One of the most delightful touches in our home is a small wall alcove in the hallway near the guest room. After recently making some HVAC infrastructure changes on that wall, we went ahead with some ideas that we had been kicking around for painting the alcove.
The entire space had been the same color as the rest of the wall when we moved in, and we knew that we at least wanted to treat the wooden mantle section the same as the trim in the rest of the hallway. For the back face of the alcove, we decided to use a paint that was ever so slightly darker than the wall, but with a semi-gloss finish to provide a very subtle separation.
The main part of this project was creating a stencil that was similar to the one we used over our front door. The curved surface made this process a bit tricky.
The stenciled shapes are just rough enough to feel right with the texture of our walls.
Small touches like these are the types of things that made us initially fall in love with this house, and it feels wonderful to be able to embellish upon it and make it our own.
I’m not a big fan of cake, which puts me in the minority. Lava cake, however, is a thing of its own, and a treat I can have on any given day. I recently made little chocolate lava cakes for a few girlfriends, and it was the perfect ending to a relaxing evening. Each bite, with it’s oozing warm chocolate center was incredibly rich, and each cake disappeared within just a few minutes.
What’s great about this dessert isn’t just that it’s rich and indulgent, it’s also very easy to put together and most people likely already have all of the ingredients for it in their homes. You can also prepare ahead of time, and bake just before serving for a freshly baked warm treat for guests.
Ingredients (serves 4): 2 eggs, 2 egg yolks, 1/4 cup sugar, 1/2 cup butter, 4 oz bitter-sweet chocolate, 2 tsp flour, 2 tbsp cocoa powder
Instructions: Combine eggs, yolks, and sugar in the bowl of a stand mixer, and beat at medium speed. Meanwhile, heat the chocolate and butter on a stovetop over low heat, just until it’s oozy but not completely melted, whisk together to combine. Once the egg mixture has thickened (about 4 minutes), add the warm chocolate and butter mixture to the eggs, as well as the flour, and beat for a few more seconds to combine.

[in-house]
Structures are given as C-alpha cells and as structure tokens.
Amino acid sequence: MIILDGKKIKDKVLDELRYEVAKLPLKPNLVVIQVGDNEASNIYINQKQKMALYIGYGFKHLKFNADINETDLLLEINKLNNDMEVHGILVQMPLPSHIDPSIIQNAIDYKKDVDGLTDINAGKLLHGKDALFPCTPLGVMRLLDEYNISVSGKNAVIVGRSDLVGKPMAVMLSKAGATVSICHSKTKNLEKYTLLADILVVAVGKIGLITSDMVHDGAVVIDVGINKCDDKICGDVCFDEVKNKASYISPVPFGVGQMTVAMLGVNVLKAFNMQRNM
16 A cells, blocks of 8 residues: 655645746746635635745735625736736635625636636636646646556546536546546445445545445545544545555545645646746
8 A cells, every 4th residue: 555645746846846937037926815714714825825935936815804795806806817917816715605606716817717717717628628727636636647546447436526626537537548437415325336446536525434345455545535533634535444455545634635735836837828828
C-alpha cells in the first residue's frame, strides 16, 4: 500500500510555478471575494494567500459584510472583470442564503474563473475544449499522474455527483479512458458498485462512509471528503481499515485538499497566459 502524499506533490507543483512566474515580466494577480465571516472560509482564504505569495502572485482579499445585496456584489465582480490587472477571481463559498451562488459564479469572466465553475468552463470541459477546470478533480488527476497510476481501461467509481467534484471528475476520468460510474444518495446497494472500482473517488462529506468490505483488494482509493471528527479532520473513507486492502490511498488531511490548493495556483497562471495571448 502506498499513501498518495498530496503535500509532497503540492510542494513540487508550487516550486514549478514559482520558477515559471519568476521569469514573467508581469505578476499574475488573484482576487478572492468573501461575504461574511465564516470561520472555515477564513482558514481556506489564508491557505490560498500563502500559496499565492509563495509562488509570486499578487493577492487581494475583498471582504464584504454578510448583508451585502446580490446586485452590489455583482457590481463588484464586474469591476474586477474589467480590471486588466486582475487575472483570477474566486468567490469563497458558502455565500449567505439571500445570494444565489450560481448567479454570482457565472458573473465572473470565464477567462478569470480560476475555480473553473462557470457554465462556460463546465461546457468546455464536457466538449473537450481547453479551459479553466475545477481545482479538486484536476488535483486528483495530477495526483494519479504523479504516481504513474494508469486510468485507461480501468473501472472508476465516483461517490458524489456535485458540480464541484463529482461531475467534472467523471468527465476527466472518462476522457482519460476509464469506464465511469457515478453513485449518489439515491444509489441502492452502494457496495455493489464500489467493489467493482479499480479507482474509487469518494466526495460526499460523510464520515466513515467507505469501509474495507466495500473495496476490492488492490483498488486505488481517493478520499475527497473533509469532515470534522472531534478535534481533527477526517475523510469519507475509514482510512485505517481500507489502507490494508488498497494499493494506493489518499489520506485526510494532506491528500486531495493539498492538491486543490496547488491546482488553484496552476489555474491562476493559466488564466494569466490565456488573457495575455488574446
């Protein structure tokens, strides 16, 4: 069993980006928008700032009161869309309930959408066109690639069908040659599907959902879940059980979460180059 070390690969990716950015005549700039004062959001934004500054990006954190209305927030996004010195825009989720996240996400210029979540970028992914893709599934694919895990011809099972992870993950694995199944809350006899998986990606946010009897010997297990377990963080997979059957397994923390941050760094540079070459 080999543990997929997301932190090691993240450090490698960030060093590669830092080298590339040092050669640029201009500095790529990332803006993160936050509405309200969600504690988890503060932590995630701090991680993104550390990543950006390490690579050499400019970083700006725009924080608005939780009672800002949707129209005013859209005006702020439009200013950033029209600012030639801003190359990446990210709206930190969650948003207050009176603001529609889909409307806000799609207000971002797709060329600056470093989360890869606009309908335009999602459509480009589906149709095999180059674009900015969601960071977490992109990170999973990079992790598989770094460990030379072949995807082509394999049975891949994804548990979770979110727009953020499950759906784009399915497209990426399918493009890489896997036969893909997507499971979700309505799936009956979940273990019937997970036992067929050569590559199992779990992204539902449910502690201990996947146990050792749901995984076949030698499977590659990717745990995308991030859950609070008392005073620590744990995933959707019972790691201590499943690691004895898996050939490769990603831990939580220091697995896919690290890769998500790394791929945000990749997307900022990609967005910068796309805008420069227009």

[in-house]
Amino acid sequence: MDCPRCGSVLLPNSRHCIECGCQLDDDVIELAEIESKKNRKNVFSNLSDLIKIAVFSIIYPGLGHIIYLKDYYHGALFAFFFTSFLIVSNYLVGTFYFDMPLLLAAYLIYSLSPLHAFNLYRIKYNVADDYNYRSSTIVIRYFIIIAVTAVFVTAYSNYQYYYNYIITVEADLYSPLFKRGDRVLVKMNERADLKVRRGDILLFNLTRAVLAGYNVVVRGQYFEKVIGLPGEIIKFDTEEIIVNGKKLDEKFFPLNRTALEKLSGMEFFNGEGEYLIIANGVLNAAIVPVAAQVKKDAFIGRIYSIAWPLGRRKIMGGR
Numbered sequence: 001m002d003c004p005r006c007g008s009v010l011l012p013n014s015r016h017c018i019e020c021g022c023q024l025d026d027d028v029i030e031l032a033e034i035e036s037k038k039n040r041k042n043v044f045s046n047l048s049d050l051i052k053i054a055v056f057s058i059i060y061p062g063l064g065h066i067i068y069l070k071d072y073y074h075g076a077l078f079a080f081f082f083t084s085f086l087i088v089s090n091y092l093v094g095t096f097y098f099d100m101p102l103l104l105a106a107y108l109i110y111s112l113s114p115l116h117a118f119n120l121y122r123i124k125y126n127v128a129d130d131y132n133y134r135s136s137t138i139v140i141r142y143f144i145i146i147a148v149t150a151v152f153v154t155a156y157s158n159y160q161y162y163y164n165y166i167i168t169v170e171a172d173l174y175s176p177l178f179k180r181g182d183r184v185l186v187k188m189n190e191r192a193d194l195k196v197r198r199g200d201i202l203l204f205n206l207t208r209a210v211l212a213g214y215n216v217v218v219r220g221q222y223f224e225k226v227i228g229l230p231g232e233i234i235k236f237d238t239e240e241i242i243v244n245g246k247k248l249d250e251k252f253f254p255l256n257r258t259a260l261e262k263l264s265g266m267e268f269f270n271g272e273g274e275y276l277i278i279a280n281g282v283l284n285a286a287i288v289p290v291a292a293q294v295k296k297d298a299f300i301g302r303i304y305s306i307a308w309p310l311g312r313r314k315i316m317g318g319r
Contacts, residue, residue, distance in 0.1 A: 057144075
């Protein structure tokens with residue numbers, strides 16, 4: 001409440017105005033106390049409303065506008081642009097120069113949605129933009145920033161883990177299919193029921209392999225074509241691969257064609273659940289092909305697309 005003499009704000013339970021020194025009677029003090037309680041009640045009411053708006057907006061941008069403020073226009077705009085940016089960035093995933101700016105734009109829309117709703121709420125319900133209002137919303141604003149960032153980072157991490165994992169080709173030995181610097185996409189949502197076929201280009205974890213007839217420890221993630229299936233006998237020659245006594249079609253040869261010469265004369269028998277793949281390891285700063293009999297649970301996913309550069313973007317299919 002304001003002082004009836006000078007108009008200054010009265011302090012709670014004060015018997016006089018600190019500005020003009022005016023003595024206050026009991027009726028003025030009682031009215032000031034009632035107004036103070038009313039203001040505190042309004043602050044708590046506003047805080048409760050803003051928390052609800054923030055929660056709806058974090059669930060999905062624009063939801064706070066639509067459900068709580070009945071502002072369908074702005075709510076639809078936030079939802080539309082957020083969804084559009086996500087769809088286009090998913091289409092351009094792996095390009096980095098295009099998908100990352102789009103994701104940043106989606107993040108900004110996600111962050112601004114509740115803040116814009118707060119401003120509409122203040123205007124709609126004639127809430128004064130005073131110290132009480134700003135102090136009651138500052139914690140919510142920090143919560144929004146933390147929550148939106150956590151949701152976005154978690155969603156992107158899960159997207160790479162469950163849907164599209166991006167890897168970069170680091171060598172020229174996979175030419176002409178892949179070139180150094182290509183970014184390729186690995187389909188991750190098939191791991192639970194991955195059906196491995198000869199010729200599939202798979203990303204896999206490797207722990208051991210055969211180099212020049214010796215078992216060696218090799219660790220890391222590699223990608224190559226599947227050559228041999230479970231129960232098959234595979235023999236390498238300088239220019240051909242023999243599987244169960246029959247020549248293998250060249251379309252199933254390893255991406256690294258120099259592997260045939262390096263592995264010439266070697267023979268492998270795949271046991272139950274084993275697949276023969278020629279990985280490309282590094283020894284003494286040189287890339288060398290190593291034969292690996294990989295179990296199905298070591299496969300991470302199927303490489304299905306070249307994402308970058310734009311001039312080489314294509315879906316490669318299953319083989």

Butter four ramekins, and lightly dust with cocoa powder, shaking out any excess. Pour in the batter, dividing equally among each dish. At this point you can either bake immediately, or refrigerate until a few minutes before serving. When ready to bake bring batter back to room temperature, and bake in 450F oven for 7 minutes on a baking tray. You will see that the sides are set, but the middle will still be soft. Invert each cake onto a small plate, and let sit for a few seconds before lifting ramekin. Dust with powdered sugar and serve with fresh berries.
I plan to make this treat again for Valentine’s Day, and I know I will be making it many times in the future. It is a decadent dessert to enjoy during these winter months, with good friends, or to finish a dinner for two.
For this years Christmas cards, we decided to incorporate embroidery, which is something that I had never done with paper before. The designs themselves are simple, but the colored thread adds an extra element of dimension and texture.